travel fast, but at last they came to the cut banks, and there found
their camp seven lodges.
That night, after they had reached camp, they were inviting each
other to feasts. It was getting pretty late in the night, and the
moon was shining brightly, when one of the Bloods called out for
Heavy Collar to come and eat with him. Heavy Collar shouted, "Yes,
I will be there pretty soon." He got up and went out of the
lodge, and went a little way from it, and sat down. While he was
sitting there, a big bear walked out of the brush close to him.
Heavy Collar felt around him for a stone to throw at the bear, so
as to scare it away, for he thought it had not seen him. As he was
feeling about, his hand came upon a piece of bone, and he threw
this over at the bear, and hit it. Then the bear spoke, and said:
"Well, well, well, Heavy Collar; you have killed me once, and
now here you are hitting me. Where is there a place in this world
where you can hide from me? I will find you, I don't care where
you may go." When Heavy Collar heard this, he knew it was the
ghost woman, and he jumped up and ran toward his lodge, calling
out, "Run, run, a ghost bear is upon us!"
All the people in the camp ran to his lodge, so that it was crowded
full of people. There was a big fire in the lodge, and the wind
was blowing hard from the west. Men, women, and children were huddled
together in the lodge, and were very much afraid of the ghost. They
could hear her walking toward the lodge, grumbling, and saying:
"I will kill all these dogs. Not one of them shall get away."
The sounds kept coming closer and closer, until they were right
at the lodge door. Then she said, "I will smoke you to death."
And as she said this, she moved the poles, so that the wings of
the lodge turned toward the west, and the wind could blow in freely
through the smoke hole. All this time she was threatening terrible
things against them. The lodge began to get full of smoke, and the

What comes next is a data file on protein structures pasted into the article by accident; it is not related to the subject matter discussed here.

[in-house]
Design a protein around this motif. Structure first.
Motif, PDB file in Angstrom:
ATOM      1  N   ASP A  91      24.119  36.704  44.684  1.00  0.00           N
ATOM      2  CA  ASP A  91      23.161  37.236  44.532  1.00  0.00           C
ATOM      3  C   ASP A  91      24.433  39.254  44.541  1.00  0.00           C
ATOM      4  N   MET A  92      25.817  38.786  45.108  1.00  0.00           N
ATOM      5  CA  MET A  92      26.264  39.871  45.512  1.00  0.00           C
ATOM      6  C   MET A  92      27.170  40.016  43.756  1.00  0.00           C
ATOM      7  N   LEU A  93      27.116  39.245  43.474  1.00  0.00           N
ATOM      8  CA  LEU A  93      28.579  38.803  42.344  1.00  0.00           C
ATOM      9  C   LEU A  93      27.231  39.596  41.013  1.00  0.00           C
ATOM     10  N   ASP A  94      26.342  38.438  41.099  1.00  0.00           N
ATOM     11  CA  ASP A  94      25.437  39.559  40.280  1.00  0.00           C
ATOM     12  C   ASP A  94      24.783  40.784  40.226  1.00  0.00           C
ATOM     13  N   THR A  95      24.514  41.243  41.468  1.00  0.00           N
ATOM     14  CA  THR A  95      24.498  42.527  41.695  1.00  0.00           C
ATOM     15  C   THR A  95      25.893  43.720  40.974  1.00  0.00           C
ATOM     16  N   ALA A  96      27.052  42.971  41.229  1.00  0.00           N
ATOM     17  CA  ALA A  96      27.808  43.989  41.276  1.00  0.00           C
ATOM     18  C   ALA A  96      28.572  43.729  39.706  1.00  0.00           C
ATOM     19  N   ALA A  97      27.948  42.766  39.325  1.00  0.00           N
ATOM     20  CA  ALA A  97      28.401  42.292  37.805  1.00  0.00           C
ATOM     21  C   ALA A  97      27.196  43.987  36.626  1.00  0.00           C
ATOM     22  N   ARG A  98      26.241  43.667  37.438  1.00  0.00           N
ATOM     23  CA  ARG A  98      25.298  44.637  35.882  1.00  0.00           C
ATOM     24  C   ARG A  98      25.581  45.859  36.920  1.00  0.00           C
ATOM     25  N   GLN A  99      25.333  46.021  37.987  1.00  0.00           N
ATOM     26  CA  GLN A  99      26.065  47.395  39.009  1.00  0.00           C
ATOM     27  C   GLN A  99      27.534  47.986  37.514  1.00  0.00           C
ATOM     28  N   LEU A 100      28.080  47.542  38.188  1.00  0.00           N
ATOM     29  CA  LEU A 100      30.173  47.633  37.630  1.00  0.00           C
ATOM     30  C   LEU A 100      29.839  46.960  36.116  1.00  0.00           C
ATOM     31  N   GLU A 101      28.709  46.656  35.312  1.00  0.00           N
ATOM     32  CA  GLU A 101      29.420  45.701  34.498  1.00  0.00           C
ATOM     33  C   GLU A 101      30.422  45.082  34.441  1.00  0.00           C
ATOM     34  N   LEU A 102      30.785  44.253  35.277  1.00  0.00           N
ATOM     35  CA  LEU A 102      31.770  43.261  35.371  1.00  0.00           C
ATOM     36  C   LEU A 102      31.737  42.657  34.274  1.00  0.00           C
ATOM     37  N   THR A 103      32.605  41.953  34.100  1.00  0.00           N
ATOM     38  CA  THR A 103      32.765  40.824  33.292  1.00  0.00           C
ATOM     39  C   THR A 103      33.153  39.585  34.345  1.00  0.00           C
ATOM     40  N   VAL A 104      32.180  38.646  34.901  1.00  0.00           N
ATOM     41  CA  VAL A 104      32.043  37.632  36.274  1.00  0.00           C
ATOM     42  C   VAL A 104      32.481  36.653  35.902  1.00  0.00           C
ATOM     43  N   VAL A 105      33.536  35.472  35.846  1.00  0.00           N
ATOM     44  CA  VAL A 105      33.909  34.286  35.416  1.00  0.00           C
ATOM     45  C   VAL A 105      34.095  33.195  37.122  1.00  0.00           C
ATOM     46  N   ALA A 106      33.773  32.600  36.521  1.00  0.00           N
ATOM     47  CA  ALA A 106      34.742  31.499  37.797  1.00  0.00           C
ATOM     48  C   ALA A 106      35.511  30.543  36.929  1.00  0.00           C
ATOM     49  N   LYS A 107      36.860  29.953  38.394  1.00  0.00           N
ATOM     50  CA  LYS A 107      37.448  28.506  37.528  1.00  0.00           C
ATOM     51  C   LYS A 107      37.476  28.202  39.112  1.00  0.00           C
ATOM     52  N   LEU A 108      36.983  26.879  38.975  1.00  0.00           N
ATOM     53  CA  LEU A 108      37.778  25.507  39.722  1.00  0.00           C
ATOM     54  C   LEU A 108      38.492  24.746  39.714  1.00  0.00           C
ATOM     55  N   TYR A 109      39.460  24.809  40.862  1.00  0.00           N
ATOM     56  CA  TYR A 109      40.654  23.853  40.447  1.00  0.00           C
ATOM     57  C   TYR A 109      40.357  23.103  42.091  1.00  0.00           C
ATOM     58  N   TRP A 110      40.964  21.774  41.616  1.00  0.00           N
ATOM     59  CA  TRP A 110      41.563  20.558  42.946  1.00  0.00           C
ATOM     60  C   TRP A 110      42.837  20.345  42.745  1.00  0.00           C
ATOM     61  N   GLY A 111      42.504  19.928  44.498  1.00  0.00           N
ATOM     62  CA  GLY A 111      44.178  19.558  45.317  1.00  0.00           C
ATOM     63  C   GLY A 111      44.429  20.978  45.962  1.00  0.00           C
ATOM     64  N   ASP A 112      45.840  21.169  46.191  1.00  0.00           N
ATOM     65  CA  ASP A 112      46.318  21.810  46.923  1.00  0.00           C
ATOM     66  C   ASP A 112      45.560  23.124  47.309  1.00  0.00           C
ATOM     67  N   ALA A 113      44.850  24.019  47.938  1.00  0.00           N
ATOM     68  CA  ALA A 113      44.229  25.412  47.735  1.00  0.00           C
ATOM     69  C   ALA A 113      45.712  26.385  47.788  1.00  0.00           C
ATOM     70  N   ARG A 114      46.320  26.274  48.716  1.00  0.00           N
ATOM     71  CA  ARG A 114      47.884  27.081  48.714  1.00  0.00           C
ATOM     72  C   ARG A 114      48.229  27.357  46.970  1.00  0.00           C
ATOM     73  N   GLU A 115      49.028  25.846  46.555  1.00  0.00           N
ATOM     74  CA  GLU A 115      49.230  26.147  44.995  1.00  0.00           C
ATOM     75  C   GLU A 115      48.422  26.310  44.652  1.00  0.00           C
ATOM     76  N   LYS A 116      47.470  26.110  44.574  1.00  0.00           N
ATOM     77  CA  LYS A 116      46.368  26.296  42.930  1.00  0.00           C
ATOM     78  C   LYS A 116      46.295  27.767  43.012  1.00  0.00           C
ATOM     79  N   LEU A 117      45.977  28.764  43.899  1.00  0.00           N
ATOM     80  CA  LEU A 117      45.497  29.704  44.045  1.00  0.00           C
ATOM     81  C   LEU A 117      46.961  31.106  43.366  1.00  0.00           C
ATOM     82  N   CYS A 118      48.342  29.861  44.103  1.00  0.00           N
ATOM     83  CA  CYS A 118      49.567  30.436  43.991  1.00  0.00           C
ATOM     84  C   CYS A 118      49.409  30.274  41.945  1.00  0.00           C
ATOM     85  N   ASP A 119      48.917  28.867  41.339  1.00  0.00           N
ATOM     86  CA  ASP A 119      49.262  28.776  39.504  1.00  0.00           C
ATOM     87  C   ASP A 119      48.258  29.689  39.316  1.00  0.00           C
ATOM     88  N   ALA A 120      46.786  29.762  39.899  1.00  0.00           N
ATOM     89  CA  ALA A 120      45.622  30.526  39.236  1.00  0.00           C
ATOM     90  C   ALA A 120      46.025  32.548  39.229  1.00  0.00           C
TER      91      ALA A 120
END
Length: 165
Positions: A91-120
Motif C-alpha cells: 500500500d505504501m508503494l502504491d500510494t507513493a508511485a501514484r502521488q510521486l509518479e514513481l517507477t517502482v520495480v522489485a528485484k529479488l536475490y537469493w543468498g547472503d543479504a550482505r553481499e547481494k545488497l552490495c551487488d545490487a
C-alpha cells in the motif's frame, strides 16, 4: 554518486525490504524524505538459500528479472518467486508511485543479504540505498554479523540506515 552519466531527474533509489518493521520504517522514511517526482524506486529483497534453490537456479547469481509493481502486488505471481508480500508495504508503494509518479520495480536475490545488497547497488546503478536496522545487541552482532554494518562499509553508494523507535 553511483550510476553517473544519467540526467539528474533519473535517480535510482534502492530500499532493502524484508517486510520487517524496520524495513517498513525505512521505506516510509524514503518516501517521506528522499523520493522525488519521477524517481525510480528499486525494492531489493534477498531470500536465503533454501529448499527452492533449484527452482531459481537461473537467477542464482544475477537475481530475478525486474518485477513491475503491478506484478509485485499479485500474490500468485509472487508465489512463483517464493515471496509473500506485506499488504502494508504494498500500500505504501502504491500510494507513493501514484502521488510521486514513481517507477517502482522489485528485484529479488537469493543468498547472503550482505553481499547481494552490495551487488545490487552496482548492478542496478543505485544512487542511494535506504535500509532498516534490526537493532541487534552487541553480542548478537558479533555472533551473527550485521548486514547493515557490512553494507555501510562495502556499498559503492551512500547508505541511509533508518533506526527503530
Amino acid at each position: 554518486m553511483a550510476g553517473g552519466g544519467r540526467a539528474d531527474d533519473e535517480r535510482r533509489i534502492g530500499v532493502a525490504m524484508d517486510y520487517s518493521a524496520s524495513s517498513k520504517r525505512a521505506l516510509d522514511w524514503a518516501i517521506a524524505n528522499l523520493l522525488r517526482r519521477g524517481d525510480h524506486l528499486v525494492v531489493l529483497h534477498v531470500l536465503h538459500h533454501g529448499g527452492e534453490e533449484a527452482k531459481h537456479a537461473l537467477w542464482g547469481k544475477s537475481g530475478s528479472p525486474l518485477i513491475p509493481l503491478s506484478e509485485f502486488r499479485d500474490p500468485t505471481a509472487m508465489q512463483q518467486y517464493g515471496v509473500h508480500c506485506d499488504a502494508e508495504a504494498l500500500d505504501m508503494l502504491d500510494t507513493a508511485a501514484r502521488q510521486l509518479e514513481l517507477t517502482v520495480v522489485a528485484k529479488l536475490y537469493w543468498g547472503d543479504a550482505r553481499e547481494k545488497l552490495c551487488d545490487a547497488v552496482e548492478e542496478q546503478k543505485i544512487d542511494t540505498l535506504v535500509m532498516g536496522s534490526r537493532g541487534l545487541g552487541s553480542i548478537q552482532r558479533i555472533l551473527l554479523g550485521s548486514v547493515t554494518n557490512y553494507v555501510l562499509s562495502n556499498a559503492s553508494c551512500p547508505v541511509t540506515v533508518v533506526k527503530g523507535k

children were crying, and all were in great distress almost suffocating.
So they said, "Let us lift one man up here inside, and let
him try to fix the ears, so that the lodge will get clear of smoke."
They raised a man up, and he was standing on the shoulders of the
others, and, blinded and half strangled by the smoke, was trying
to turn the wings. While he was doing this, the ghost suddenly hit
the lodge a blow, and said, "Un!" and this scared the
people who were holding the man, and they jumped and let him go,
and he fell down. Then the people were in despair, and said, "It
is no use; she is resolved to smoke us to death." All the time
the smoke was getting thicker in the lodge.
Heavy Collar said: "Is it possible that she can destroy us?
Is there no one here who has some strong dream power that can overcome
His mother said: "I will try to do something. I am older than
any of you, and I will see what I can do." So she got down
her medicine bundle and painted herself, and got out a pipe and
filled it and lighted it, and stuck the stem out through the lodge
door, and sat there and began to pray to the ghost woman. She said:
"Oh ghost, take pity on us, and go away. We have never wronged
you, but you are troubling us and frightening our children. Accept
what I offer you, and leave us alone."
A voice came from behind the lodge and said: "No, no, no;
you dogs, I will not listen to you. Every one of you must die."
The old woman repeated her prayer: "Ghost, take pity on us.
Accept this smoke and go away."
Then the ghost said: "How can you expect me to smoke, when
I am way back here? Bring that pipe out here. I have no long bill
to reach round the lodge." So the old woman went out of the
lodge door, and reached out the stem of the pipe as far as she could
reach around toward the back of the lodge. The ghost said: "No,
I do not wish to go around there to where you have that pipe. If
you want me to smoke it, you must bring it here." The old woman
went around the lodge toward her, and the ghost woman began to back
away, and said, "No, I do not smoke that kind of a pipe."
And when the ghost started away, the old woman followed her, and
she could not help herself.
She called out, "Oh my children, the ghost is carrying me
off!" Heavy Collar rushed out, and called to the others, "Come,
and help me take my mother from the ghost." He grasped his
mother about the waist and held her, and another man took him by
the waist, and another him, until they were all strung out, one
behind the other, and all following the old woman, who was following
the ghost woman, who was walking away.
All at once the old woman let go of the pipe, and fell over dead.
The ghost disappeared, and they were troubled no more by the ghost